Saving the planet is serious business. But dense reports and grave figures don’t always capture hearts and minds. What if playing on our human appetites for fun, creativity and community is just what the environmental cause needs? That’s the thinking behind a new $100 billion plan to create a self-sufficient, waste free Melbourne within a decade.
Back in 2017, engineer and sustainability expert Ross Harding threw a solar-powered off-grid music festival on the summer solstice.
The crew spruiked the party, which also featured talks from environmentalists, architects, activists, entrepreneurs and chefs, with the promise that “music sounds better when it comes from the sun”.
People loved it. And not just the sustainability geeks – dance music lovers also thought it was great.
From this experience, Harding recognised that tapping into the culture of a place is a powerful way to spread enthusiasm for sustainability.
“People are tired of hearing this talk and not connecting with all these targets and are asking ‘do I need to have PhD in sustainability to be involved in this kind of thing?’”
What people want is tangible solutions to sustainability problems, Harding says, and preferably, solutions that do not detract from their lives but add more to them.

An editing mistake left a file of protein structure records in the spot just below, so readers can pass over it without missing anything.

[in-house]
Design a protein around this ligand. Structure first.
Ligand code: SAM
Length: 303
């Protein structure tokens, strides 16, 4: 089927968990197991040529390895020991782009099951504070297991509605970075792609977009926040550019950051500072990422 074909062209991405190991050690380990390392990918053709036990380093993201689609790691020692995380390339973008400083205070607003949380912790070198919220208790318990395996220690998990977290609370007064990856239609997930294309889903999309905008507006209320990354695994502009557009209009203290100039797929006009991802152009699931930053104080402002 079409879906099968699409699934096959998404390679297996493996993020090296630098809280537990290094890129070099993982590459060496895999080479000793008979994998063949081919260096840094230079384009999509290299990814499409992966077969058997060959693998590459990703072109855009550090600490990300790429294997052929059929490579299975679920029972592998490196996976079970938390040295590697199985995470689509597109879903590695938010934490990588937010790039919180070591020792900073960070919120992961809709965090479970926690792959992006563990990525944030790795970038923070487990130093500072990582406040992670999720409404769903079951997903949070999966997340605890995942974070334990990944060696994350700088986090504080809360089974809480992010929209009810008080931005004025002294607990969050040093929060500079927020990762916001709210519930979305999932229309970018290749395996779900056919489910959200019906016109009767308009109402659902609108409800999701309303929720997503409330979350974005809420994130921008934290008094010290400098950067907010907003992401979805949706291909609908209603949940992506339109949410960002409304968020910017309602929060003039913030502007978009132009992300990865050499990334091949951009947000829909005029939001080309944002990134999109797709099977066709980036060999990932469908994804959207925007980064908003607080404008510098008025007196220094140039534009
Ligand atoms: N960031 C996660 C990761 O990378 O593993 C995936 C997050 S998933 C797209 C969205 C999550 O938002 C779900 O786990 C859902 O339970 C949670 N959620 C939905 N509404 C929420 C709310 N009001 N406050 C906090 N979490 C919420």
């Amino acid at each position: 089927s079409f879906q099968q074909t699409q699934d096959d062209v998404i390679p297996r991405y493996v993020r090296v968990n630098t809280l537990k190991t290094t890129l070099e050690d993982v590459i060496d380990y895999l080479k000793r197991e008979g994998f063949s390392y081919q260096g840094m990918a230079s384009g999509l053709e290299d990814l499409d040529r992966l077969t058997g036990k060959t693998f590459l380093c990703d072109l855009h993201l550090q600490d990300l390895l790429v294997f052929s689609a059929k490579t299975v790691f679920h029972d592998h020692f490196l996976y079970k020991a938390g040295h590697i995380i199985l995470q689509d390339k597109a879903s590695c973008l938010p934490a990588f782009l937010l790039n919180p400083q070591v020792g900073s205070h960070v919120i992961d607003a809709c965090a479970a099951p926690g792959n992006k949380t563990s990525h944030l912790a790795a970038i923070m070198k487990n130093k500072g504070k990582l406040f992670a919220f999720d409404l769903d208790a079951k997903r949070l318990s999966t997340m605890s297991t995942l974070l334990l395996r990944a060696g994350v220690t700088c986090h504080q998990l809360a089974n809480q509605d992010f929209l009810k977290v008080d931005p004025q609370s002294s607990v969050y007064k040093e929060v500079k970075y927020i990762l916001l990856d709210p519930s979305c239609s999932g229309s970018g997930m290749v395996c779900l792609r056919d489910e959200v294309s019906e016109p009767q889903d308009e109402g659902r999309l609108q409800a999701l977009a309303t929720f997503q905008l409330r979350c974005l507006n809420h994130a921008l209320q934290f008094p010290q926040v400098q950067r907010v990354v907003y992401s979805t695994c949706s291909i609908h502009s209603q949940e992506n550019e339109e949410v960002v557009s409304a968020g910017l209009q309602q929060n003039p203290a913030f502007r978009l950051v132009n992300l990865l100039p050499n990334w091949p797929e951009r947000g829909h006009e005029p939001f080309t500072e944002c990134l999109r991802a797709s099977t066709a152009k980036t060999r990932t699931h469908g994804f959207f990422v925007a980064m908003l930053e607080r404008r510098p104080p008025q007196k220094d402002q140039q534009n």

He wanted to tap into this idea to communicate the message behind his sustainability consultancy Finding Infinity’s latest piece of work: a comprehensive plan to create a waste-free, self-sufficient Melbourne by 2030.
True to its namesake, “A New Normal”, the plan relies on only viable, proven technology and practices collected from around the world. This is because Harding and his team know we don’t have time to wait for tech that’s still in the lab to be commercialised and scaled.
The consultancy spent two year on the report that, rather incredibly, has no client attached.
They didn’t want the report to end up like many others that sit around gathering dust. So, Harding engaged 15 of the top architecture firms, including Clare Cousins Architects, John Wardle Architects, Kennedy Nolan, Greenaway Architects, Six Degrees Architecture, Dreamer, Edition Office and Fieldwork, to bring the next generation of city infrastructure to life by teaming it creatively with the social infrastructure cities need to thrive.
The resulting 15 prototype projects inject fun, creativity and a little pizazz into the sustainability agenda.
Pay for pool entry with potato peels
Some are intended to help normalise technologies and ideas that some people may be wary of.
For example, landscape architecture firm Openwork is trying to get people comfortable with treated water, which is a much cheaper, more sustainable solution than desalination plants. Its project at the MCG will have people drinking treated water and experiencing a water misting art installation meant to mimic the experience of “beer goggles”.
Architecture and interior design company WOWOWA’s prototype project is another example. It will hopefully see the Fitzroy swimming pool help deal with the city’s expanding food waste problem. The pool will be kitted out with anaerobic digestors to convert this waste into biogas used to heat the swimming pool’s sauna, spa and indoor pool.
Swimmers get free entry if they bring a bucket of food scraps.
Other clever ideas include solar panels used as shading devices, or on facades, and energy efficient building retrofits achieved by wrapping buildings in an external “quilt” of insulation.